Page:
You have several choices: a suit might be far too formal so you might want to try separates. You could wear:
– A smart shirt, no tie and tailored trousers.
– Tailored trousers and a thin knit jumper, paired with a smart coat rather than a jacket.
– You could go for a buttoned up fine knit cardigan as an alternative to a jacket.
– You can wear colour, but make sure it isn’t distracting.
Think clean, smart and classic with a twist.
A tailored jacket is a useful item to have in your interview clothing repertoire. It smartens any look and rarely goes out of trend. If it makes you look over-smart it can be whipped off sharpish. Opt for a smart dress, skirt or tailored trousers.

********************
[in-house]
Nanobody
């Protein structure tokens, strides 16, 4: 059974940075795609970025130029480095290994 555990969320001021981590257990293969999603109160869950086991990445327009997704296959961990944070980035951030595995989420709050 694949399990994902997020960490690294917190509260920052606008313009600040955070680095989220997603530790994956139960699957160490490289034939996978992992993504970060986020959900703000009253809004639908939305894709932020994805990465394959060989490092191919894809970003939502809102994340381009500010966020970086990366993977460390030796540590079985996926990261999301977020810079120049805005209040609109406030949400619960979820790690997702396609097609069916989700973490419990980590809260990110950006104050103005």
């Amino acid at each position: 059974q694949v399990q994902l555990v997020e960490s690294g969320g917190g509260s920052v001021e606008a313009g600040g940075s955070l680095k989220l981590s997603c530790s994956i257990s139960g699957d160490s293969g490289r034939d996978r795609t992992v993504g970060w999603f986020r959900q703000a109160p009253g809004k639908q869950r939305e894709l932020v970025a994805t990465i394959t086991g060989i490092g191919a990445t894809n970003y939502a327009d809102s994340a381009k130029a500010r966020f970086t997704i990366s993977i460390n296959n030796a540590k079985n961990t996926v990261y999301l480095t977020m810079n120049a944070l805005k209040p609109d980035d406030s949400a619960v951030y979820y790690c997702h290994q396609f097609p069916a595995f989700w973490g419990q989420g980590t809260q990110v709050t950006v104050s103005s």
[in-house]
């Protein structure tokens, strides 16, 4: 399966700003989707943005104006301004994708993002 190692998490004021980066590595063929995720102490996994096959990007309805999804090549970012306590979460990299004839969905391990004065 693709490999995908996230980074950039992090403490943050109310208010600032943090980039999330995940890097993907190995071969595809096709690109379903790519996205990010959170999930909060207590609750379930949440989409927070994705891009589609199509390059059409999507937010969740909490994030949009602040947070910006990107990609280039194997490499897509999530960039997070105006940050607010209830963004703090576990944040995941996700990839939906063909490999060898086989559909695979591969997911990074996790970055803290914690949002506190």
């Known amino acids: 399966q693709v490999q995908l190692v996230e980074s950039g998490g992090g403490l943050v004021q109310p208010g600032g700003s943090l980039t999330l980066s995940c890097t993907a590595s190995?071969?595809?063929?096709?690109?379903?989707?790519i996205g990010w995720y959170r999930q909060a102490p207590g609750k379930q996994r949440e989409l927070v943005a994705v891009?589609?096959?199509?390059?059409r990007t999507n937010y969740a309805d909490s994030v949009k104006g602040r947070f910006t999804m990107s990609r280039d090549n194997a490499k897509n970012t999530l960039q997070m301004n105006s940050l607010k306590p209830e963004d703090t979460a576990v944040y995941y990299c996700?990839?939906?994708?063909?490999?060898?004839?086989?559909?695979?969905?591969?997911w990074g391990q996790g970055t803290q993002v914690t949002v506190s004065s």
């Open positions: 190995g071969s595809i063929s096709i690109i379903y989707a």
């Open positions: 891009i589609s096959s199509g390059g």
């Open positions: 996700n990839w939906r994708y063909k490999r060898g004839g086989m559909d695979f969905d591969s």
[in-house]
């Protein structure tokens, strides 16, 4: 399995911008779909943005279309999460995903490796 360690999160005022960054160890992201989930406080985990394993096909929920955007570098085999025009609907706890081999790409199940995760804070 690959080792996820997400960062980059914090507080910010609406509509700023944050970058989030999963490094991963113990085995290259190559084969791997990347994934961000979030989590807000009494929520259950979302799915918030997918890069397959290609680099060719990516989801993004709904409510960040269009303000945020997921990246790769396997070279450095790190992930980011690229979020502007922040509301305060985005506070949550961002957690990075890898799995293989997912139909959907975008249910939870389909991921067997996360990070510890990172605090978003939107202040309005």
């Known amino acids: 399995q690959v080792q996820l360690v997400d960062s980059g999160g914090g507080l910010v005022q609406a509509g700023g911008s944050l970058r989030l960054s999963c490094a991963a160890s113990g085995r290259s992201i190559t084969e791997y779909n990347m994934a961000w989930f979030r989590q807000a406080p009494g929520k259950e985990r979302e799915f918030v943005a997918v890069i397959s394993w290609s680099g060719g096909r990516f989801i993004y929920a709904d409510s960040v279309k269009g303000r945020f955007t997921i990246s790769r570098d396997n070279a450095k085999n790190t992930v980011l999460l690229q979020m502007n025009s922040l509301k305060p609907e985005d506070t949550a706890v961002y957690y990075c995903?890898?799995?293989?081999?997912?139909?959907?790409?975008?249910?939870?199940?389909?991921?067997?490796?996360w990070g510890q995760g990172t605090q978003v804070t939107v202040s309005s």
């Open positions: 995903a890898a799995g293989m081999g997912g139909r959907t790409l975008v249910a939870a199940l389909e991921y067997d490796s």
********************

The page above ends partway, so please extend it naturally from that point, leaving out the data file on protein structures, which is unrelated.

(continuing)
There are plenty of shirts and blouses on the high street, particularly silk ones, that don’t look too corporate, otherwise you might want to lose the shirt for a simple top that isn’t too low-cut. Top this off with a pair of smartish, heeled shoes. You can wear colour, but make sure it isn’t distracting, avoid wearing too much jewellery and go easy on the make-up.
The main thing is to try and gauge the mood of the company and dress accordingly. No matter how achingly cool the company is, it’s still a place of work, so you’ll want to showcase your inner professional.
But don’t fret too much, clothes aren’t the deal-breaker; few people solely get hired on their dress sense. After all, interviews are nerve-wracking enough without having to worry about what you’re wearing.